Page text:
• Abstract: Papillary muscle rupture (PMR) is a rare and fatal complication of acute myocardial infarction (AMI). We report a case of acute mitral regurgitation (MR) due to PMR with pulmonary edema and cardiogenic shock following AMI with small myocardial necrosis. An 88-year-old woman was brought to our emergency department in acute respiratory distress, shock, and coma. She had no systolic murmur, and transthoracic echocardiography was inconclusive. Coronary angiography showed obstruction of the posterior descending branch of the right coronary artery. Although the infarction was small, the hemodynamics did not improve. Transesophageal echocardiography established papillary muscle rupture with severe mitral regurgitation 5 days after admission. Thereafter, the patient and her family did not consent to heart surgery, and she eventually died of progressive heart failure. Physicians should be aware of papillary muscle rupture with acute mitral regurgitation following AMI in patients with unstable hemodynamics, no systolic murmur, and no abnormalities revealed on transthoracic echocardiography.
      PubDate: Tue, 21 Dec 2021 06:05:00 +000
  • Combined Hyperglycemic Hyperosmolar Syndrome and Diabetic Ketoacidosis
           Associated with COVID-19 in a Pediatric Patient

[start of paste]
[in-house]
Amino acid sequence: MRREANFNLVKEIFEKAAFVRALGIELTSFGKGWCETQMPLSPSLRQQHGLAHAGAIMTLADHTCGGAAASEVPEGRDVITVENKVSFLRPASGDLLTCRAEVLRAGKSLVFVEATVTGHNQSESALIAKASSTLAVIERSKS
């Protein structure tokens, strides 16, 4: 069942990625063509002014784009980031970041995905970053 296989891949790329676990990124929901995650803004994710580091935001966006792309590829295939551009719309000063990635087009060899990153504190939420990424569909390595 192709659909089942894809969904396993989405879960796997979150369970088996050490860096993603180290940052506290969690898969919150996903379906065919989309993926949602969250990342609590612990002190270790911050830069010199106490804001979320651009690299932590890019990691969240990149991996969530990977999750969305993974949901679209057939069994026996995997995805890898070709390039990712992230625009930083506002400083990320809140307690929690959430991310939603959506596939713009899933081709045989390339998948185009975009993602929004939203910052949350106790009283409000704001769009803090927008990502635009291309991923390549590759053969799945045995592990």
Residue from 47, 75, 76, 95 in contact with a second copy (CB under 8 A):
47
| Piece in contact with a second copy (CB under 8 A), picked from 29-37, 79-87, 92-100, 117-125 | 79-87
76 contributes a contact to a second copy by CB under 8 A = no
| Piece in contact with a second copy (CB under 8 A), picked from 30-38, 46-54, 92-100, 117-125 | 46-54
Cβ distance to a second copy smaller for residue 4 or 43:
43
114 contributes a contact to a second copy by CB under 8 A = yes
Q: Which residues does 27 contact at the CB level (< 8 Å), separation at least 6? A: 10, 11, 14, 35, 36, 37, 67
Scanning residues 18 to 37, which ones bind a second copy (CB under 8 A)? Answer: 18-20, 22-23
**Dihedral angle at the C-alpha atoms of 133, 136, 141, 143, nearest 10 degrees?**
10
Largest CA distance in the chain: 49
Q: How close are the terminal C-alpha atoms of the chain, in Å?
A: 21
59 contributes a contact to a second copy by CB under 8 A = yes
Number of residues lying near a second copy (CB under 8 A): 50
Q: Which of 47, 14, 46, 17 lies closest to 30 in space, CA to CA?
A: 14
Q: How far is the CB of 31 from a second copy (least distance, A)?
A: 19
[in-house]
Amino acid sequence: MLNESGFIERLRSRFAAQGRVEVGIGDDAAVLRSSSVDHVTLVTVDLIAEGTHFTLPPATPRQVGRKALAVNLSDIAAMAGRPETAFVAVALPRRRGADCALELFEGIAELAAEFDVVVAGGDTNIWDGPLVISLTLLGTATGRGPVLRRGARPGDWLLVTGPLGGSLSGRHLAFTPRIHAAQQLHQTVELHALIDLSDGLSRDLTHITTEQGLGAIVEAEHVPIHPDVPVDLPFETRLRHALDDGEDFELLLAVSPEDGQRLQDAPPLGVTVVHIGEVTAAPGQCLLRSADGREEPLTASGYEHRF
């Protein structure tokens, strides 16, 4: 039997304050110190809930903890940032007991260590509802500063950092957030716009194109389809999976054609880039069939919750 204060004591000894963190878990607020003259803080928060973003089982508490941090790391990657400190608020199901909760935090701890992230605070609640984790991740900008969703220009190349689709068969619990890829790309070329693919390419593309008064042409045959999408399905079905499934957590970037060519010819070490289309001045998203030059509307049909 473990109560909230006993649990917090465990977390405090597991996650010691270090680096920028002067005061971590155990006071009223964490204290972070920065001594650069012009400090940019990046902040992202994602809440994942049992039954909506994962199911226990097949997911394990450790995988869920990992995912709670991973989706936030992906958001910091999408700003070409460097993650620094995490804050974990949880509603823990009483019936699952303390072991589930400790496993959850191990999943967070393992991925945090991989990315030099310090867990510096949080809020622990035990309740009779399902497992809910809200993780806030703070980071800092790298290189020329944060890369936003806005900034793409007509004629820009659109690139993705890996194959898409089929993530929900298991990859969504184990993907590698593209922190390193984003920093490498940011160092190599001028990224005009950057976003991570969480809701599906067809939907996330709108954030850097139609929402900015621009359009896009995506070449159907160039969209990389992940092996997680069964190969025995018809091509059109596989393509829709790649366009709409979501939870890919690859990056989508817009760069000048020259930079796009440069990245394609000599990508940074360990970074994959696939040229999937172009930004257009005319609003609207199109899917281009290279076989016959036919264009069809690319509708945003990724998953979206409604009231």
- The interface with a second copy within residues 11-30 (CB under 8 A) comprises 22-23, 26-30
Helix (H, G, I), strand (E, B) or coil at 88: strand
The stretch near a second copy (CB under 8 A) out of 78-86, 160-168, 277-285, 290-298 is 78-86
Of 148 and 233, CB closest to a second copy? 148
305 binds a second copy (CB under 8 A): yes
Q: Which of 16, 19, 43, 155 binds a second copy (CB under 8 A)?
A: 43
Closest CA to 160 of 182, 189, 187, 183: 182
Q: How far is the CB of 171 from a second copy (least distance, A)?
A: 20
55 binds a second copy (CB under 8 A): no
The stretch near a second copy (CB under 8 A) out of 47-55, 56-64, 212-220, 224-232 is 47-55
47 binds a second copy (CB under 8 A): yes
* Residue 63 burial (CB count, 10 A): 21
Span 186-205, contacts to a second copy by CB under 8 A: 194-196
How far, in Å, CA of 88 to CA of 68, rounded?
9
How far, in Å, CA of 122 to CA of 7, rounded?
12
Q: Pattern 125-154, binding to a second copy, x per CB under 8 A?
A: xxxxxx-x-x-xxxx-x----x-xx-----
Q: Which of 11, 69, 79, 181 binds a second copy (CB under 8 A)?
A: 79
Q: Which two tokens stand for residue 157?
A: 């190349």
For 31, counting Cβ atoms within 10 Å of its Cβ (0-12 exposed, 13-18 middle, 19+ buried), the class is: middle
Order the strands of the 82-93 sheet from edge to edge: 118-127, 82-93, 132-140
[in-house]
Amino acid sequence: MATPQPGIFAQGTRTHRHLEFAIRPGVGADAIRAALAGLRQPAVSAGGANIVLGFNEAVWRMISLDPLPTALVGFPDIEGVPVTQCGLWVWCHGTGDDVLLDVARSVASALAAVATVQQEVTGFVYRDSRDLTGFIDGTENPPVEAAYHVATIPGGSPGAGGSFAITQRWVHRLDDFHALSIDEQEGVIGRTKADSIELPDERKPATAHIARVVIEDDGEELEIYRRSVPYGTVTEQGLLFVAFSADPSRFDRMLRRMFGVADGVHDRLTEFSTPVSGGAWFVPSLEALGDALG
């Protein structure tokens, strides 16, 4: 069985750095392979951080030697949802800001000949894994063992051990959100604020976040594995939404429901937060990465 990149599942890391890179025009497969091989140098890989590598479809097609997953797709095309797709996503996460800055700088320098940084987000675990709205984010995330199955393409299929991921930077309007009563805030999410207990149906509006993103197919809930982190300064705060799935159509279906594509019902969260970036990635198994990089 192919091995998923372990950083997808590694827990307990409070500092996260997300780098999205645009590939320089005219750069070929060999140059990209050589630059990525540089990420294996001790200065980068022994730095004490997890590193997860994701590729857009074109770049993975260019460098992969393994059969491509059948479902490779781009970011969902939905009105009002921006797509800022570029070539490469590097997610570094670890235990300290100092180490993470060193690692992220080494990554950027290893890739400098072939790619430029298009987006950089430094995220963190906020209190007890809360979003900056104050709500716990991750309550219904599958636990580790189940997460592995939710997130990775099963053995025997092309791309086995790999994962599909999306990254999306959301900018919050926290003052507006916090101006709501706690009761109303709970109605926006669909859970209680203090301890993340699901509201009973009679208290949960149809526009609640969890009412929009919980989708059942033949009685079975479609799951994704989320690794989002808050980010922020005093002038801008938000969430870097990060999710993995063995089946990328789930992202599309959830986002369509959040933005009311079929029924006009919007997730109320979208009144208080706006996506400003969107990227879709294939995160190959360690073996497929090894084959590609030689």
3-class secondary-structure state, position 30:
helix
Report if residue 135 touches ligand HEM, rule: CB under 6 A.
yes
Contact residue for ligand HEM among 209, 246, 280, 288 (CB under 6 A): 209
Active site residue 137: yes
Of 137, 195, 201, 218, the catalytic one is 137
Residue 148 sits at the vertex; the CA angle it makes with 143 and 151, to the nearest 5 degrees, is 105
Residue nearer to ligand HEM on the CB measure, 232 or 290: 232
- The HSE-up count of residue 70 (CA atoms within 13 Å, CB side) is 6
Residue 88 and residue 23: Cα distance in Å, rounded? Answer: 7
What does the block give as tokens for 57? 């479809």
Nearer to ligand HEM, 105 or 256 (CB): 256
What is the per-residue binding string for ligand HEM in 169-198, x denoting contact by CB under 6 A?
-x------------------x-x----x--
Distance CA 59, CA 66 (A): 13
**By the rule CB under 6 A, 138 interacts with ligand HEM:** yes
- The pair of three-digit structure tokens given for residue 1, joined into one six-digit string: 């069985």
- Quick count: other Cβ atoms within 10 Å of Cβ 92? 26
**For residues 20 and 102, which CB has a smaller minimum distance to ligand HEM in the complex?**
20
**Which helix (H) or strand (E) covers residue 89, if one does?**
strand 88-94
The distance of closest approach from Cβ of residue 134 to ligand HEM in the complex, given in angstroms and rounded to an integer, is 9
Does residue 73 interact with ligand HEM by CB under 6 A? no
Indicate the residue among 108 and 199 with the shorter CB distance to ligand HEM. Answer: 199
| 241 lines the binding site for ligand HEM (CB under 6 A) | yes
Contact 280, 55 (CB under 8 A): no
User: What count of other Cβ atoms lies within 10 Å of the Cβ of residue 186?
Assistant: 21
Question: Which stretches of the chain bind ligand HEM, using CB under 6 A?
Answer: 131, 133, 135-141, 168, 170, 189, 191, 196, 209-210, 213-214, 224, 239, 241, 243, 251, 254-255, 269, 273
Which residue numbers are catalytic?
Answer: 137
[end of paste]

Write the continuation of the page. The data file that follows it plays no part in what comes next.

• Abstract: Although most children with coronavirus disease 2019 (COVID-19) are asymptomatic or only with mild symptoms, many symptomatic children still require admission to the intensive care unit. Multiple cases of diabetic ketoacidosis (DKA) and hyperosmolar hyperglycemic syndrome (HHS) associated with COVID-19 have been reported in adults. However, to our knowledge, only few similar cases have been published in the pediatric population. We report one of the first few severe cases of mixed HHS with DKA associated with COVID-19 in an adolescent. Our patient was successfully treated with intravenous immunoglobulin, Remdesivir, and methylprednisolone. As the pandemic continues, clinicians should be aware of this syndrome and consider early use of Remdesivir and corticosteroids. Further studies are required to understand the pathophysiology of this syndrome occurring with COVID-19.
      PubDate: Sat, 27 Nov 2021 09:20:01 +000
  • Osmotic Demyelination Syndrome due to Rhabdomyolysis and Hyperosmolar